Treasury Help Center for SLFRF Recipients Shutting Down


  • McKaia Dykema
  • Michael Gleeson
October 14, 2022 - (4 min read)

On October 14, the Department of Treasury announced their assistance to local governments with questions about the complex rules and requirements of the American Rescue Plan Act’s State and Local Fiscal Recovery Funds (SLFRF) program will be dramatically scaled back starting Monday, October 17, 2022. Until now, Treasury provided guidance through call center support and email communications. 

Recipients of State and Local Fiscal Recovery Funds (SLFRF) dollars received an email on October stating:  “After Monday, October 17, Treasury’s contact center will no longer be able to respond to phone calls. In addition, starting later this month Treasury will be forced to further ramp down staff support for the contact center and as a result response times to recipient emails are also expected to be significantly delayed.” 

What Happened? 

The National League of Cities has been tracking the recent possibility of this unfortunate outcome after the Department of Treasury’s Deputy Secretary sent a warning to all SLFRF grantees on September 23. That message informed grantees that funding for call center support – which provides an entry point for recipients to bring their questions or issues, including around payments and reporting – will be shut down. Additionally, that email noted that ongoing and future email support would be sharply curtailed. 

While this might seem like a quick order of events, Treasury has been aware of the funding shortfall for months and has been trying to receive authority from Congress to reallocate administrative funds from other relief-era programs to staff the help centers.  

What Does this Mean for My Community? 

It is unclear at this moment how this will affect most cities, towns and villages. The ability to get questions answered will certainly be greatly reduced. Further, the help center’s lack of ability to respond to questions will hurt  small and rural local governments the hardest, as these municipalities already have the least resources to implement SLFRF programs.   

To ease any consequential burden, the Department of Treasury  provided access to frequently asked questions from grantees by clicking on the Self-Service Resources button at the top of the SLFRF page

Looking forward, almost all non-entitlement units of local government (NEUs) do not have to file their next annual report until April 2023, a number of months still away. This provides some time for there to be an adequate solution implemented to address the lack of support from the Department of Treasury for SLFRF grantees, since the filing deadline is when many municipalities need further guidance and assistance to comply with filing regulations. 

Will the Treasury Be Able to Restart Their Phone and Email Help Center?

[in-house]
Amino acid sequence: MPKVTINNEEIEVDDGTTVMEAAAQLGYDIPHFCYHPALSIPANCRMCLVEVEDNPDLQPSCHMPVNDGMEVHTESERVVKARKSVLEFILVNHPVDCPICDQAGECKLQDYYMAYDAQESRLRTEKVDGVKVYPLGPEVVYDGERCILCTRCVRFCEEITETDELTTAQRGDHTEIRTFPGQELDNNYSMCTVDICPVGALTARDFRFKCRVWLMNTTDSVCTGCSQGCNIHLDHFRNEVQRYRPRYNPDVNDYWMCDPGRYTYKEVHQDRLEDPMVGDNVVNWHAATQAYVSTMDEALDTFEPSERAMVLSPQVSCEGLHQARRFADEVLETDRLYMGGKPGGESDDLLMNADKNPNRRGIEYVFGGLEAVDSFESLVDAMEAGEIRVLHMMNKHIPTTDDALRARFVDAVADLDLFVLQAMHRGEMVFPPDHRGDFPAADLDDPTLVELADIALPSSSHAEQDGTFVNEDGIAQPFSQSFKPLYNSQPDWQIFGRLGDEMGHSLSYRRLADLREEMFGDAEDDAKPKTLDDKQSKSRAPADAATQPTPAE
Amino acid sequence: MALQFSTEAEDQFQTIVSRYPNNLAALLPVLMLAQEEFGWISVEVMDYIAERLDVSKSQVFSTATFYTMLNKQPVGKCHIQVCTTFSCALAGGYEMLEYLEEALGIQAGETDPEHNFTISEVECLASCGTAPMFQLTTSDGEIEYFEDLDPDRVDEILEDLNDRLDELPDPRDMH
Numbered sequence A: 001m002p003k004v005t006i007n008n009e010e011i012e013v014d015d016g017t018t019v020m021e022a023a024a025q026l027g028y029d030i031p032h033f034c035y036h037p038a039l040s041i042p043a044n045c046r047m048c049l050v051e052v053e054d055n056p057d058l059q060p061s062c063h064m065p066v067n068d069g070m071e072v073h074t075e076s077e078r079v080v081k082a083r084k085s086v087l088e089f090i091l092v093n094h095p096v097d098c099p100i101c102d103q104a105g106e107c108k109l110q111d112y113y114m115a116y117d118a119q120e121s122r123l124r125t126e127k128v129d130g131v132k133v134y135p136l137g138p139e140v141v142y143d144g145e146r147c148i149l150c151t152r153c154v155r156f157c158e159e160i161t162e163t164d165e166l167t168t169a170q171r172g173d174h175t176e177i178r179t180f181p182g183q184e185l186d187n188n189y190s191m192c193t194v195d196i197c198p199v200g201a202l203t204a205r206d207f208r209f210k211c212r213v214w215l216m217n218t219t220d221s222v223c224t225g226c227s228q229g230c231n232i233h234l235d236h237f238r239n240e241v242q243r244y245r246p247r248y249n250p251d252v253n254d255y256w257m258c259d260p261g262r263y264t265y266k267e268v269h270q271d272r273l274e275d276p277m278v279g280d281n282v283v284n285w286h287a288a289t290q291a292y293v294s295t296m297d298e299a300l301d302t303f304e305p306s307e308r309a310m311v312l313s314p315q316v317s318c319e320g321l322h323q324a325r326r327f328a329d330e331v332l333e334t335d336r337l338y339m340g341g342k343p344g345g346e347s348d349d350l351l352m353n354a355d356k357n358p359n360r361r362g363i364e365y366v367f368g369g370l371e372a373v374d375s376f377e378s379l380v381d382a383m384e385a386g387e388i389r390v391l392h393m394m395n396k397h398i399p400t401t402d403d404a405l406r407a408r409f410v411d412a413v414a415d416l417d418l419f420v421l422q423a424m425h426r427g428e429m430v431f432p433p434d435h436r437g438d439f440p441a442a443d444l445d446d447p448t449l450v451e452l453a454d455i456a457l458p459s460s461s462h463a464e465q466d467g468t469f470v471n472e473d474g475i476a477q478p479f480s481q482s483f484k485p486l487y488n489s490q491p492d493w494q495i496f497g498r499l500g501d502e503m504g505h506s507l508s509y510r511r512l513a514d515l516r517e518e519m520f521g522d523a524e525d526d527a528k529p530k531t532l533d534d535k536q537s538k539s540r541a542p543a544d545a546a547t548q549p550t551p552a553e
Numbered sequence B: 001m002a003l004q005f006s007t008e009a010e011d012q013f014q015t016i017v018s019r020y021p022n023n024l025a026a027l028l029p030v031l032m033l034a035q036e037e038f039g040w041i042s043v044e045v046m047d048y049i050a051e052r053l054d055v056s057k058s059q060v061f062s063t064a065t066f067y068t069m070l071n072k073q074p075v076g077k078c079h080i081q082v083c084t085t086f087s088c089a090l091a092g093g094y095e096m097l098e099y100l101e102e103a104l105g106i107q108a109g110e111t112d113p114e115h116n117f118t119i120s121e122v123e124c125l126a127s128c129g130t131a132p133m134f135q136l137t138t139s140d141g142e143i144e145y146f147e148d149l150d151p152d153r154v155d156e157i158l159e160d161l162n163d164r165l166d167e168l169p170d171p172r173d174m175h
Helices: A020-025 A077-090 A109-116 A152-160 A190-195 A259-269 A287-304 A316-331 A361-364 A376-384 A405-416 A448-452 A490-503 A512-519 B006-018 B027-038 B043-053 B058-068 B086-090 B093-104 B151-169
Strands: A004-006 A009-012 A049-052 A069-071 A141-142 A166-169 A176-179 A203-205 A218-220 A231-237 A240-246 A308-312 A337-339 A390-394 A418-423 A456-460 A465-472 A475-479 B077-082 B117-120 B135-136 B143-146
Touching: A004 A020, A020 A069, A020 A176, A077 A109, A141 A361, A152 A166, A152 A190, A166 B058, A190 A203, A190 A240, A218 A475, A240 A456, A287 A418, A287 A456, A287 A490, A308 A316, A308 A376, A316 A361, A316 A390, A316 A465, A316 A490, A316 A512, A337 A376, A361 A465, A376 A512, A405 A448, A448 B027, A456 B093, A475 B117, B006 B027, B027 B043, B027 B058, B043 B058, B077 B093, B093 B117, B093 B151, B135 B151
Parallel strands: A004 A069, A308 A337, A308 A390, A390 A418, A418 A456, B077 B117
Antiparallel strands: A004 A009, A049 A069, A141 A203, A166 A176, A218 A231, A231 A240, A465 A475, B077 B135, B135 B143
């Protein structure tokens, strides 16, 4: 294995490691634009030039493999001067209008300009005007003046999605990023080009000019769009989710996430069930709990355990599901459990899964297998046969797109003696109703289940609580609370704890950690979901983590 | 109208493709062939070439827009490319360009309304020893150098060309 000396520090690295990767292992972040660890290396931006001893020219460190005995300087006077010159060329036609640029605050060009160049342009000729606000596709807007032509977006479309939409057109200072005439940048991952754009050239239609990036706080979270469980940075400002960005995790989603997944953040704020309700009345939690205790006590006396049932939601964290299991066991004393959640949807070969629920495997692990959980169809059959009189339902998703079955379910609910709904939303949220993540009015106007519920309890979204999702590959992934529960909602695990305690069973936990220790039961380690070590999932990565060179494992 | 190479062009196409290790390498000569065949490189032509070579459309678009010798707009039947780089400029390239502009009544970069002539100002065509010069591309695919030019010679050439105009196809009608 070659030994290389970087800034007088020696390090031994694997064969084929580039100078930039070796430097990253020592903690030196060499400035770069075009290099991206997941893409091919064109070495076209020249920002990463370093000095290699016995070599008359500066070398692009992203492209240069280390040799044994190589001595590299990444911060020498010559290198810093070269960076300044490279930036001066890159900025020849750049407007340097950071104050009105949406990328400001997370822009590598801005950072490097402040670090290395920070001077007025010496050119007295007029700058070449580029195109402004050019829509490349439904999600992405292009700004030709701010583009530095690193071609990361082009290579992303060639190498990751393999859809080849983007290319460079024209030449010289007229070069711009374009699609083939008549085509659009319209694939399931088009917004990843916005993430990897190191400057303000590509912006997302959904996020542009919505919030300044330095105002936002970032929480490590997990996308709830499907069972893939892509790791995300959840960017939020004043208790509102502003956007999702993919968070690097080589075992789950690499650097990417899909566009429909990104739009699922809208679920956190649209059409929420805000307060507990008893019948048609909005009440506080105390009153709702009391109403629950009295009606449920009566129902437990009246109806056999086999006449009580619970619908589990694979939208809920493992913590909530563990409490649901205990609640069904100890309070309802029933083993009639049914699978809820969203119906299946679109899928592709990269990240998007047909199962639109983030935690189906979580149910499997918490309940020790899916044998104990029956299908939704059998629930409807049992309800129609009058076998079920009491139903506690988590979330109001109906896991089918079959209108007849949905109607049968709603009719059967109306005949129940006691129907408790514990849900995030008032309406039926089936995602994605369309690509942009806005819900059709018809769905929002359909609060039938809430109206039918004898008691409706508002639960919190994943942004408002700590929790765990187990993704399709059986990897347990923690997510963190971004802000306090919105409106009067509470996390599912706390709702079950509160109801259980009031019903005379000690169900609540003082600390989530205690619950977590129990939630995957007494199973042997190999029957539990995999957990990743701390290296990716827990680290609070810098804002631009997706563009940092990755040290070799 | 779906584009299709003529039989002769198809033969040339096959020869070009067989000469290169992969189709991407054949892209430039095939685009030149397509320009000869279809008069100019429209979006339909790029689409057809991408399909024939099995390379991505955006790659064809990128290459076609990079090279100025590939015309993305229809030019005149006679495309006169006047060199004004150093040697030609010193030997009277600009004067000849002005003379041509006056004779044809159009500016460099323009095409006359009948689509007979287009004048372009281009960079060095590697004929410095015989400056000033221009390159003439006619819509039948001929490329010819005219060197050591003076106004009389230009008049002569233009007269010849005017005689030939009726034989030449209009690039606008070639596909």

There is a specific legislative fix for this problem. The Senate passed the State, Local, Tribal, and Territorial Fiscal Recovery, Infrastructure, and Disaster Relief Flexibility Act (S. 3011) by unanimous consent on October 19, 2021. This legislation contains language providing the Department of Treasury the administrative flexibility to move money between relief-era programs, which would allow Treasury to shift funds from another program to staff up the help centers again. This would not require new funds, it is simply allowing Treasury to use already appropriated funds.  

We urge Congress to include H.R. 5735 in the next must-pass funding bill.  NLC has worked to raise this issue as a top priority for Congress. Alongside other state and local associations, NLC joined a letter calling on Congress to attach the provision allowing for Treasury to have administrative flexibility to the last government funding bill that was passed last month.  

The potential strain on cities, towns and villages that results from ending the call and email centers, is an issue that NLC both recognizes and commits to elevating with Congress, in hopes of achieving a legislative fix as soon as possible.  

What’s Next? 

NLC stands ready to support cities, towns and villages as they seek guidance during this time. To help NLC make its case to Congress, please click here to write your House member to call on them to include H.R. 5735 in the next passed funding bill to help Treasury re-open their helplines. 

About the Authors

McKaia Dykema

About the Authors

McKaia Dykema is the Legislative Research Manager on the Federal Advocacy team at the National League of Cities.

Michael Gleeson

Michael Gleeson is the Legislative Director of Finance, Administration and Intergovernmental Relations at the National League of Cities.